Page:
The cosmology of Jacob Boehme, 'The Cobbler of Görlitz', one of the great mystics of the Reformation era, who influenced many later writers and mystics.
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Specifications: 216x138mm (8.5x5.43in), 302pp
Published: May 2014
Published: May 2014
"It is not to be thought that the life of darkness is sunk in misery and lost as if in sorrow. There is no sorrowing. For sorrowing is a thing swallowed up in death, and death and dying are the very life of the darkness."
Of the great mystics of the Reformation era few are as difficult to understand as Jacob Boehme, the Cobbler of Görlitz. Yet few can offer so much to the reader who is prepared to take the trouble to understand his message. It is in the Signatura Rerum (The Signature of All Things) that Boehme expounds the cosmology that lies at the heart of his whole mystical approach and experience. Although by no means his longest book, The Signature of All Things is the best starting place from which to gain an understanding of Boehme's mystical pantheism and his dialectical conception of God, in which good and evil are rooted in one and the same being. An important influence on later German Romanticism and Idealism, Boehme's endeavour to express a new sense of the human, divine and natural realms attains its apotheosis in his conception of the Ungrund, the uncertainty that precedes the divine will's arousing itself to self-awareness.
Boehme's theosophy did not endear him to the guardians of religious orthodoxy of his own day or of later centuries, yet his legacy extended far beyond his native Germany, and his books were translated into many languages. In England his doctrines had a profound influence upon thinkers as diverse as George Fox, the Father of Quakerism, and the Cambridge Platonists, and were to find their most coherent expositor and interpreter in William Law. They informed the visions of William Blake's The Marriage of Heaven and Hell and in more recent times provided inspiration for such diverse cultural expressions as the psychology of Carl Jung and Philip Pullman's His Dark Materials trilogy.
The Signature of All Things is a profound text, challenging and rewarding in equal measure, that fully deserves its status as a classic of late Reformation mystical thought.
Translated into English and with a Preface by John Elliston, with later revisions to the translation by William Law.
Preface to the Reader, by John Elliston
I. How that all whatever is spoken of God without the Knowledge
of the Signature is dumb and without Understanding, and that in the
Mind of Man the Signature lies very exactly composed, according to
the Being of all Beings
II. Of the Opposition and Combat in the Essence of all Essences, whereby
the Ground of the Sympathy and Antipathy in Nature may be seen, and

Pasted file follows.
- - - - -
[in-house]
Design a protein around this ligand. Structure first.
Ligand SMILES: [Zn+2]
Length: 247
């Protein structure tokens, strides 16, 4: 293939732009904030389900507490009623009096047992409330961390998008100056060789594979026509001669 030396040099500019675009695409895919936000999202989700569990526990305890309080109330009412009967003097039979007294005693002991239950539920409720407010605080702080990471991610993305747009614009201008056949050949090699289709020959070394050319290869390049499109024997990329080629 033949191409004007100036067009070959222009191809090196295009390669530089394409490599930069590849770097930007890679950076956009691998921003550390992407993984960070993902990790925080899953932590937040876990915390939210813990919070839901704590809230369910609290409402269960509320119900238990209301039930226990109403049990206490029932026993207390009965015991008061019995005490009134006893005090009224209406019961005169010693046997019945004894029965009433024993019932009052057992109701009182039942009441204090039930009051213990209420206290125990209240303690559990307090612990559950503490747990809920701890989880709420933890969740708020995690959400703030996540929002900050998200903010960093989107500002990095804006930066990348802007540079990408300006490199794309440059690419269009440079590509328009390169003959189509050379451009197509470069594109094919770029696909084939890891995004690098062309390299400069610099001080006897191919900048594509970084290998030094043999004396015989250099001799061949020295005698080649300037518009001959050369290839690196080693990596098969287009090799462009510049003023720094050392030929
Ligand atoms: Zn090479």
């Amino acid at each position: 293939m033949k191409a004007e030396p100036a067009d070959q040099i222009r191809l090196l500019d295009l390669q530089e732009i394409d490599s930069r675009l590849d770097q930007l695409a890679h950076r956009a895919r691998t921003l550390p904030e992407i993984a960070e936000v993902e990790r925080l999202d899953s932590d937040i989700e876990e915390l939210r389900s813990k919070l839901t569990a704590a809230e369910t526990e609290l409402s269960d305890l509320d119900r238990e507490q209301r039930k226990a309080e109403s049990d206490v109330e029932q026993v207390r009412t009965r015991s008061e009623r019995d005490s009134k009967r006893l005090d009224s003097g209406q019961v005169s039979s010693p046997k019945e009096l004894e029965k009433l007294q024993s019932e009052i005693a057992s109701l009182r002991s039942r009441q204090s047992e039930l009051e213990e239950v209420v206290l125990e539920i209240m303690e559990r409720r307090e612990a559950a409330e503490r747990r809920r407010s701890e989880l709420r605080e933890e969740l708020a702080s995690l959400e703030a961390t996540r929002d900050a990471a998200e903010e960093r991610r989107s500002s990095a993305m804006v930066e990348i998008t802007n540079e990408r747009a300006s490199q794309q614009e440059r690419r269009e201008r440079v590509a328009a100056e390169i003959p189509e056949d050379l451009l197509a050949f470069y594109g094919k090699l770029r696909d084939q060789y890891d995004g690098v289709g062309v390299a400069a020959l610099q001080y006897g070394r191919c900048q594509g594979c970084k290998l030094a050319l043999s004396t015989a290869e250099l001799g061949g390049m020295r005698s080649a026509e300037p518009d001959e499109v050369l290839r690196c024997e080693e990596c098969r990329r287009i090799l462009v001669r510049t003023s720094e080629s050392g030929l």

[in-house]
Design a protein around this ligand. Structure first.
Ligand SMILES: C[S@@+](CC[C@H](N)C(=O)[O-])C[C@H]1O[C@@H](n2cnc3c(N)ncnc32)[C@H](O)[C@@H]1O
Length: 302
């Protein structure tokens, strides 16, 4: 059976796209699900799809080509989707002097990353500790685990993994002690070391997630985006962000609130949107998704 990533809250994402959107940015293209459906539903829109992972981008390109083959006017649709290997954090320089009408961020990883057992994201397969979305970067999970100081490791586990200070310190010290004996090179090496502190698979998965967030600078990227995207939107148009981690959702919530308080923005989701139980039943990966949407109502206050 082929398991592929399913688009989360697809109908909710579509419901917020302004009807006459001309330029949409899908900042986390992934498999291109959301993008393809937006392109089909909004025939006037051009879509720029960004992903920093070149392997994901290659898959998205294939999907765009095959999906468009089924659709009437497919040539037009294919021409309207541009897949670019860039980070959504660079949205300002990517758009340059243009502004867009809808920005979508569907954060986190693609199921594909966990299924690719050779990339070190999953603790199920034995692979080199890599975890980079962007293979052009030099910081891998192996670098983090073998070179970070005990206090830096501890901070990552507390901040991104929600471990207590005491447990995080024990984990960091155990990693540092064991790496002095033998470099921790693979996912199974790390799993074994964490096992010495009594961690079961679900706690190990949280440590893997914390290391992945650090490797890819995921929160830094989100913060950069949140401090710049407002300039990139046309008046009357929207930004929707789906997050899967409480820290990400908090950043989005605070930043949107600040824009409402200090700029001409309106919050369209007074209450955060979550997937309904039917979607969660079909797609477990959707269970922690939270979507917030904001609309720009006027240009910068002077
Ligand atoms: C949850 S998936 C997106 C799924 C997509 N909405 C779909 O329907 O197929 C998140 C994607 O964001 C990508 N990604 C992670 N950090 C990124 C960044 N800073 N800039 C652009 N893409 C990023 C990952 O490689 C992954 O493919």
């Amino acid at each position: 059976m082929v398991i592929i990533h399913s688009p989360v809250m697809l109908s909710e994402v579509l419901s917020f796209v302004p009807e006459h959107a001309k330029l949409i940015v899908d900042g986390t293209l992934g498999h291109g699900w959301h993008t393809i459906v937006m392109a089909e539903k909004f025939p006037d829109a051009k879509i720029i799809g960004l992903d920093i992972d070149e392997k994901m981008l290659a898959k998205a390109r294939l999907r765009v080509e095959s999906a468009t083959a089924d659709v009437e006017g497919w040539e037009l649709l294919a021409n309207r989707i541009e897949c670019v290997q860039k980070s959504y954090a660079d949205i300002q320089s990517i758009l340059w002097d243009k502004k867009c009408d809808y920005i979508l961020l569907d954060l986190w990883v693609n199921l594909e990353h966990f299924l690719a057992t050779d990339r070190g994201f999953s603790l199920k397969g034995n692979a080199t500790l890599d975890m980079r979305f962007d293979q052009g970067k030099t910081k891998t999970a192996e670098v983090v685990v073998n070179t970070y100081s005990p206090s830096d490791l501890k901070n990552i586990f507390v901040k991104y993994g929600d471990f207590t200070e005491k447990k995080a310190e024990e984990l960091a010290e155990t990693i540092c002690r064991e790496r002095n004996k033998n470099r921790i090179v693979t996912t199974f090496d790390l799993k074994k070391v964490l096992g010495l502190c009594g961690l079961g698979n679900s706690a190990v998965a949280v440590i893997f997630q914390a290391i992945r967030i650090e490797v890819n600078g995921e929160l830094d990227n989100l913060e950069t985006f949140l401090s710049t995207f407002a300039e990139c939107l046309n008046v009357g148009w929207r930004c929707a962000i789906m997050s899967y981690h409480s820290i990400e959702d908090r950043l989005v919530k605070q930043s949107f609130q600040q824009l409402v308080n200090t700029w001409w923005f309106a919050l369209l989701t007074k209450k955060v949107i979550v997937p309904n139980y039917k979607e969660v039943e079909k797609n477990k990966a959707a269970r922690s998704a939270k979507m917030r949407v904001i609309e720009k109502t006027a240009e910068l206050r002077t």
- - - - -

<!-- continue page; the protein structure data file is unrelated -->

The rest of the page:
also the Corruption and Cure of each Thing
III. Of the great Mystery of all Beings
IV. Of the Birth of the four Elements and Stars, in the metalline and
V. Of the Sulphurean Death, and how the dead Body is revived and
replaced into its first Glory or Holiness
VI. How a Water and Oil is generated; and of the Difference of the
Water and Oil, and of the vegetable Life and Growth
VII. How Adam (while he was in Paradise) and also Lucifer were
glorious Angels, and how they were corrupted and spoiled through
Imagination and Pride
VIII. Of the Sulphurean Sude, or Seething of the Earth; how the Vegetation
proceeds from the Earth; and also the Difference of Sex, and various
Kinds of Creatures; an open Gate for the searching Philosopher
IX. Of the Signature, shewing how the inward [Ens] signs the outward
X. Of the inward and outward Cure of Man
XI. Of the Process of Christ in his Suffering, Dying, and Rising again:
Of the Wonder of the Sixth Kingdom in the Mother of all Beings;
how the Consummatum Est was finished, and how likewise, by way
of Similitude, it is accomplished and effected in the Grand Philosophic
Work, or Universal Tincture
XII. Of the Seventh Form in the Kingdom of the Mother; shewing how
the Seventh Kingdom, viz. the Solar Kingdom is again opened and
revived, set forth in the Similitude of Christ's Resurrection
XIII. Of the Enmity [contrary Will or annoying Distemper] of the Spirit
and Body, and of their Cure and Restoration
XIV. Of the Wheel of Sulphur, Mercury, and Salt; of the Generation of
Good and Evil: how the one is changed into the other, and how the
one manifests its Property in the other, and yet remains in the first
Creation in the Wonder of God to his own Manifestation and Glory
XV. Of the Will of the Great Mystery in Good and Evil; how a good and
evil Will originally arises, and how the one introduces itself into the other
XVI. Of the Eternal Signature and Heavenly Joy; why all Things were
brought into Evil and Good; wherein the real Ground of Election and
Reprobation may be rightly understood
Of the Supersensual Life: Two Dialogues between a Scholar or Disciple and his Master—
The Way from Darkness to True Illumination: A Discourse between a
Soul Hungry and Thirsty and a Soul Enlightened
The seventeenth-century mystic and theosophist Jacob Boehme (1575–1624) was a forerunner of the German Romantic movement. Credited by Hegel as "the first German philosopher", his major works include Aurora (1612) and Mysterium Magnum (1623).
Boehme's text was an important influence on modern accounts of the relation of God as Trinity to the cosmos, creation or 'nature', including those of Hegel, William Blake and Alfred North Whitehead. The reissue of the Elliston English translation as revised by William Law is therefore a welcome new book from Lutterworth Press. Michael Northcott, in The Expository Times, Vol 127, No 2